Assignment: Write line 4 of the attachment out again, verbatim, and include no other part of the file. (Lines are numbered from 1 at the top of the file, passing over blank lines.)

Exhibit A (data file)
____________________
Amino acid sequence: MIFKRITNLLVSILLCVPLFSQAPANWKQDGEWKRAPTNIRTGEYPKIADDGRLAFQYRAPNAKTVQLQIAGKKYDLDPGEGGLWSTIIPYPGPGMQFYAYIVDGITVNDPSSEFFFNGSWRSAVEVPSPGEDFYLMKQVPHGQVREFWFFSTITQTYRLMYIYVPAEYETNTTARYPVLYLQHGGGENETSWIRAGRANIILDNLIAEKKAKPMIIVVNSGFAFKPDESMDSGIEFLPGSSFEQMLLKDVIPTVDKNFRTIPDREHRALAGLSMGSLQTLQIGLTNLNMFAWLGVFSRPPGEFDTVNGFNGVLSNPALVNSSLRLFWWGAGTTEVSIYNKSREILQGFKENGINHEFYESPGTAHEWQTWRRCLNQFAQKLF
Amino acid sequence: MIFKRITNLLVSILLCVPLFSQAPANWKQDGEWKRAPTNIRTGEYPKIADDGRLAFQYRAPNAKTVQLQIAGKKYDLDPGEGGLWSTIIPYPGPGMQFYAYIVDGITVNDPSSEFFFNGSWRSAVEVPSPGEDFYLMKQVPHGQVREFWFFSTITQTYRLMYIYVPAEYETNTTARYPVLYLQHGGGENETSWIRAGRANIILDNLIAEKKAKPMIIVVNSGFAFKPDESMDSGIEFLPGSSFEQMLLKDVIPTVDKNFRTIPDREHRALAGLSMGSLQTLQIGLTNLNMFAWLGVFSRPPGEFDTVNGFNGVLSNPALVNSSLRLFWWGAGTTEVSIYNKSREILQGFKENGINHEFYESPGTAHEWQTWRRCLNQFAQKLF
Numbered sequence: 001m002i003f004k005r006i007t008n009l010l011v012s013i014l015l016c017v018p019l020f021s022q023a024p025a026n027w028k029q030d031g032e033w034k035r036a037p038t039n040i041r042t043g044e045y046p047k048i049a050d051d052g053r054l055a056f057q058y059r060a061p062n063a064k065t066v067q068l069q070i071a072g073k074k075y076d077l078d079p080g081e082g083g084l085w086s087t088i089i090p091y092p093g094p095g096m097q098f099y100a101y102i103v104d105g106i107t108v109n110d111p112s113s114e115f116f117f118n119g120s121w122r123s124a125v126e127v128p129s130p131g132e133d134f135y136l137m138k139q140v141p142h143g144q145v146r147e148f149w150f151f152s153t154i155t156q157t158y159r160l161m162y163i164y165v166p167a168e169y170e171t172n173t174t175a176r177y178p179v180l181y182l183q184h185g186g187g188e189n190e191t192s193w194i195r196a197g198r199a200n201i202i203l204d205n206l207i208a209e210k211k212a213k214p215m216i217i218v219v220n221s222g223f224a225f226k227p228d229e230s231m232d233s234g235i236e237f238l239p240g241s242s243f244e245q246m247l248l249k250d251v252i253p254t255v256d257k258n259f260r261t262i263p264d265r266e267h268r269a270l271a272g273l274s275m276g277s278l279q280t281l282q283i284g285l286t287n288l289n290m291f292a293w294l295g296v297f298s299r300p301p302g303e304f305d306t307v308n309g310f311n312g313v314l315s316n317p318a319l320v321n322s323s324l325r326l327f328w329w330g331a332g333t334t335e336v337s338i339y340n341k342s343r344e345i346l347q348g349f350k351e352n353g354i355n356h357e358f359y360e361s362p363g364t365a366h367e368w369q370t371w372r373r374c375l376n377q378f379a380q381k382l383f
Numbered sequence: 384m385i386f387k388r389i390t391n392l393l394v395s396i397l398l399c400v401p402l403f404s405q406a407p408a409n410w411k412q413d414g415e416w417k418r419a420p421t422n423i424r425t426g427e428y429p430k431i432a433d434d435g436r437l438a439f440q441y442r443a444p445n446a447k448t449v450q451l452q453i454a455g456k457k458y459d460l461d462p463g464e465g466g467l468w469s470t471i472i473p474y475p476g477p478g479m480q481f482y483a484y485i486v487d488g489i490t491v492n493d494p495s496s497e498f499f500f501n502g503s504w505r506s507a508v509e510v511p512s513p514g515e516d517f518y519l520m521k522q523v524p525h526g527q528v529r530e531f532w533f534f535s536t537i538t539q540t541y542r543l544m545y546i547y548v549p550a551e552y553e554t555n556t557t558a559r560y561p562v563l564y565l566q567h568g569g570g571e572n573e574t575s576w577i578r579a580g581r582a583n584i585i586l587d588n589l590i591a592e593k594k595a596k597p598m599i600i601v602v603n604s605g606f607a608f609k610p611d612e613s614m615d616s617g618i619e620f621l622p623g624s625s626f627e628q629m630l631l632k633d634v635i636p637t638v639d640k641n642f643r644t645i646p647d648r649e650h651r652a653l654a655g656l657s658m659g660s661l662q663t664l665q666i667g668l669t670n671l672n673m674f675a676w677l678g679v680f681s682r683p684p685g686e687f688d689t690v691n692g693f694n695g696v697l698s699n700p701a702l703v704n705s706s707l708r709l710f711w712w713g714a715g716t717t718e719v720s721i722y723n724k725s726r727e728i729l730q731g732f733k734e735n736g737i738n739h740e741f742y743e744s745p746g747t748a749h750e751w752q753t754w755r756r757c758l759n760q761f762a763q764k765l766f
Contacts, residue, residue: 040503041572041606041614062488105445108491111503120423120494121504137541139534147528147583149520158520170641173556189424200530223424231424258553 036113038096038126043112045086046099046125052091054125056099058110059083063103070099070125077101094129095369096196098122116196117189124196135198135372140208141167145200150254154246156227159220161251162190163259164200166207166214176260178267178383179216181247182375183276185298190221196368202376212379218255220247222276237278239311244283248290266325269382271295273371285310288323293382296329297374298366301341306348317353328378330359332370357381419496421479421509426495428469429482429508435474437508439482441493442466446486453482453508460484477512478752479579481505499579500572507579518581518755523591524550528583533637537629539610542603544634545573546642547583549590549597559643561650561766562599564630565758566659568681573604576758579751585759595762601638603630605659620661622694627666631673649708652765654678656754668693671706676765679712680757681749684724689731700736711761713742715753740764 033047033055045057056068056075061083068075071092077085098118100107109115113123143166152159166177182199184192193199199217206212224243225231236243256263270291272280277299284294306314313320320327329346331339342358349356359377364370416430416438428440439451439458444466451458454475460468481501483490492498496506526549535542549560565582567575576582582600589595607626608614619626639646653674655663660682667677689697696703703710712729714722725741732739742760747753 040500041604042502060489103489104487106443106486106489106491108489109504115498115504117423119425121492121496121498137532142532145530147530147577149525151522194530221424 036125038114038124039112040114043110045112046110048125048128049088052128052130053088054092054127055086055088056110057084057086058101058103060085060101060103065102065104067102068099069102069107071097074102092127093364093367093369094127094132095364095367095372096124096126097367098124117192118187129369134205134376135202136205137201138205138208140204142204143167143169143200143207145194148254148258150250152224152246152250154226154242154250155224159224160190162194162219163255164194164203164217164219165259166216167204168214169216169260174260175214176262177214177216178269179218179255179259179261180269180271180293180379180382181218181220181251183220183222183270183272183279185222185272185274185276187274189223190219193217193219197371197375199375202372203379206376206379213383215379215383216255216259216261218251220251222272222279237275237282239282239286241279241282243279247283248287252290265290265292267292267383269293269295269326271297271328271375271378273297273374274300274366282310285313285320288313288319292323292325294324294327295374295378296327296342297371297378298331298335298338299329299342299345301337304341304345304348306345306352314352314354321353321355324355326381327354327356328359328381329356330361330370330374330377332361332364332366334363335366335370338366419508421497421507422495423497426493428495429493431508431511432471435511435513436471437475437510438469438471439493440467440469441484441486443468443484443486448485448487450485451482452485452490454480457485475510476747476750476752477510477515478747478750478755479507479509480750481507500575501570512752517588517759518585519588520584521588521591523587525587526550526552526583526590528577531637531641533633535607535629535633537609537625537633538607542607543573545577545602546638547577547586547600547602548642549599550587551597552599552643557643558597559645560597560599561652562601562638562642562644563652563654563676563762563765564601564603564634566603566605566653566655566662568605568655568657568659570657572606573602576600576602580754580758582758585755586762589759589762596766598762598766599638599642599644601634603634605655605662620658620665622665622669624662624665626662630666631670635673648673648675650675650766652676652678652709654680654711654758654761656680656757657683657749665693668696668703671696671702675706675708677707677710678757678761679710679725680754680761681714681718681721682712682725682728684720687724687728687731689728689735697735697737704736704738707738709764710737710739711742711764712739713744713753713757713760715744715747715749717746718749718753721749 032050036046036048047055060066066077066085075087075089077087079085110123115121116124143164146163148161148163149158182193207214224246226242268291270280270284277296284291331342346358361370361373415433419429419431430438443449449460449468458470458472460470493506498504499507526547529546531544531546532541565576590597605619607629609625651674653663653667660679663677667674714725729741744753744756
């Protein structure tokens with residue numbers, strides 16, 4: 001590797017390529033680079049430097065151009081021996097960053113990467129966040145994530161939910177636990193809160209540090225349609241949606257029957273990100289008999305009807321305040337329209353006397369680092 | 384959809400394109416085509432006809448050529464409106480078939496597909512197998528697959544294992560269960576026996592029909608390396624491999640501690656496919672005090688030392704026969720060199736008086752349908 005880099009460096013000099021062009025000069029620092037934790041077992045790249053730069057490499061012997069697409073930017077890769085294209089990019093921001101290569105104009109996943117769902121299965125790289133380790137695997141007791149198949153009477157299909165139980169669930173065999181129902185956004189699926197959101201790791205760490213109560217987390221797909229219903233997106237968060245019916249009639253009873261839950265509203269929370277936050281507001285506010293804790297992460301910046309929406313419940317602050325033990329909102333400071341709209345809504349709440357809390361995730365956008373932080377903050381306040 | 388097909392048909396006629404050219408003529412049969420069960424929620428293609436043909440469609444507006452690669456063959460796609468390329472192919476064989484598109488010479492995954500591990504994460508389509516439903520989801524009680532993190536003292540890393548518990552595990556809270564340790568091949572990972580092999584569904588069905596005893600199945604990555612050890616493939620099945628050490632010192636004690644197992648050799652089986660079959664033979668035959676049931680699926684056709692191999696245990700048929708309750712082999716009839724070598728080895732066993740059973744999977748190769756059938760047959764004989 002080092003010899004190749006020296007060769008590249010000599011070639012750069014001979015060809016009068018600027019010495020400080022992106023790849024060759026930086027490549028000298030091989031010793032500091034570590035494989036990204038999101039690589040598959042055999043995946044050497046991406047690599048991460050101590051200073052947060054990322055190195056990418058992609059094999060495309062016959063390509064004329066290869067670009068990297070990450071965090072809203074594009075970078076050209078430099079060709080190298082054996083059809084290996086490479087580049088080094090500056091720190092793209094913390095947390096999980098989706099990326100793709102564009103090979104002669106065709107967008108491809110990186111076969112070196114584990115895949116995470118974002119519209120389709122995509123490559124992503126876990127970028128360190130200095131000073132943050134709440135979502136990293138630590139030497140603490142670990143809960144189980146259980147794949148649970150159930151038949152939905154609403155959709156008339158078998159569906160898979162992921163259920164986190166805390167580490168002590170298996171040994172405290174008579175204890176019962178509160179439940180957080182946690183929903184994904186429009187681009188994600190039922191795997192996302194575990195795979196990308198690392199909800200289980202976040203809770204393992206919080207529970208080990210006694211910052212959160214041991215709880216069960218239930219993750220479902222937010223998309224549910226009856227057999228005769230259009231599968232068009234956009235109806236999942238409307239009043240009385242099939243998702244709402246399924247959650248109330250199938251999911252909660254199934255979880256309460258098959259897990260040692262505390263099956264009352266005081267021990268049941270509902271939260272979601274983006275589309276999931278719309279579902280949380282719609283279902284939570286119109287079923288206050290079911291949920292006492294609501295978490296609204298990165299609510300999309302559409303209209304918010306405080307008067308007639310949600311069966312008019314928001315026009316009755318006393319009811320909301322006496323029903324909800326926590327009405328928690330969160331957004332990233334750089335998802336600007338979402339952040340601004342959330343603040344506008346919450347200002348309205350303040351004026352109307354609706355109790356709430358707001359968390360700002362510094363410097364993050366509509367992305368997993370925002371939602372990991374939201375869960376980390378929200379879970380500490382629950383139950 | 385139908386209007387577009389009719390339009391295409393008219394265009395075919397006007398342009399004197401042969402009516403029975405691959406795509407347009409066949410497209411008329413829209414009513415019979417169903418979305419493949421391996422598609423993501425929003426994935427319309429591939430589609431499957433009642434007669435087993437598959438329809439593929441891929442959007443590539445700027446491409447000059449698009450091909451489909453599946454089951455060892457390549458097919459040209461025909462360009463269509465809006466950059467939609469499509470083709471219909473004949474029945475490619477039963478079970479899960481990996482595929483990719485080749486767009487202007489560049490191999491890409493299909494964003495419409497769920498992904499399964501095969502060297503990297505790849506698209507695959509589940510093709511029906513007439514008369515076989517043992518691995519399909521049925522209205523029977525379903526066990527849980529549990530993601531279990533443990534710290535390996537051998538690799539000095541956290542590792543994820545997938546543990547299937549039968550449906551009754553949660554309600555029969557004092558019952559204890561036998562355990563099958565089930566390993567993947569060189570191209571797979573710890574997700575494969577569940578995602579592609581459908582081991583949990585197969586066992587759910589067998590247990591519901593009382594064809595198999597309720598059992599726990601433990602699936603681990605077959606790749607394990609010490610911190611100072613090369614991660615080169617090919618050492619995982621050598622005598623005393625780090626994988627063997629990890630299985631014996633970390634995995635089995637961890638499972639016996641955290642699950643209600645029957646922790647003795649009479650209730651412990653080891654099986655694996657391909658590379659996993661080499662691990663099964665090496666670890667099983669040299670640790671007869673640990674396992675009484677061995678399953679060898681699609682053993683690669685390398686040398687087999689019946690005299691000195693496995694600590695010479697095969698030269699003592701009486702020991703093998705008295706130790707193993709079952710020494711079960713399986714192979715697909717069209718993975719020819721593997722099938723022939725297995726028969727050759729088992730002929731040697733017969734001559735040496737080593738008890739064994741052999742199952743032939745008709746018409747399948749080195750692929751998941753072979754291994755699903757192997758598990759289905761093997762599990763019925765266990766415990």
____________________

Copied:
Numbered sequence: 384m385i386f387k388r389i390t391n392l393l394v395s396i397l398l399c400v401p402l403f404s405q406a407p408a409n410w411k412q413d414g415e416w417k418r419a420p421t422n423i424r425t426g427e428y429p430k431i432a433d434d435g436r437l438a439f440q441y442r443a444p445n446a447k448t449v450q451l452q453i454a455g456k457k458y459d460l461d462p463g464e465g466g467l468w469s470t471i472i473p474y475p476g477p478g479m480q481f482y483a484y485i486v487d488g489i490t491v492n493d494p495s496s497e498f499f500f501n502g503s504w505r506s507a508v509e510v511p512s513p514g515e516d517f518y519l520m521k522q523v524p525h526g527q528v529r530e531f532w533f534f535s536t537i538t539q540t541y542r543l544m545y546i547y548v549p550a551e552y553e554t555n556t557t558a559r560y561p562v563l564y565l566q567h568g569g570g571e572n573e574t575s576w577i578r579a580g581r582a583n584i585i586l587d588n589l590i591a592e593k594k595a596k597p598m599i600i601v602v603n604s605g606f607a608f609k610p611d612e613s614m615d616s617g618i619e620f621l622p623g624s625s626f627e628q629m630l631l632k633d634v635i636p637t638v639d640k641n642f643r644t645i646p647d648r649e650h651r652a653l654a655g656l657s658m659g660s661l662q663t664l665q666i667g668l669t670n671l672n673m674f675a676w677l678g679v680f681s682r683p684p685g686e687f688d689t690v691n692g693f694n695g696v697l698s699n700p701a702l703v704n705s706s707l708r709l710f711w712w713g714a715g716t717t718e719v720s721i722y723n724k725s726r727e728i729l730q731g732f733k734e735n736g737i738n739h740e741f742y743e744s745p746g747t748a749h750e751w752q753t754w755r756r757c758l759n760q761f762a763q764k765l766f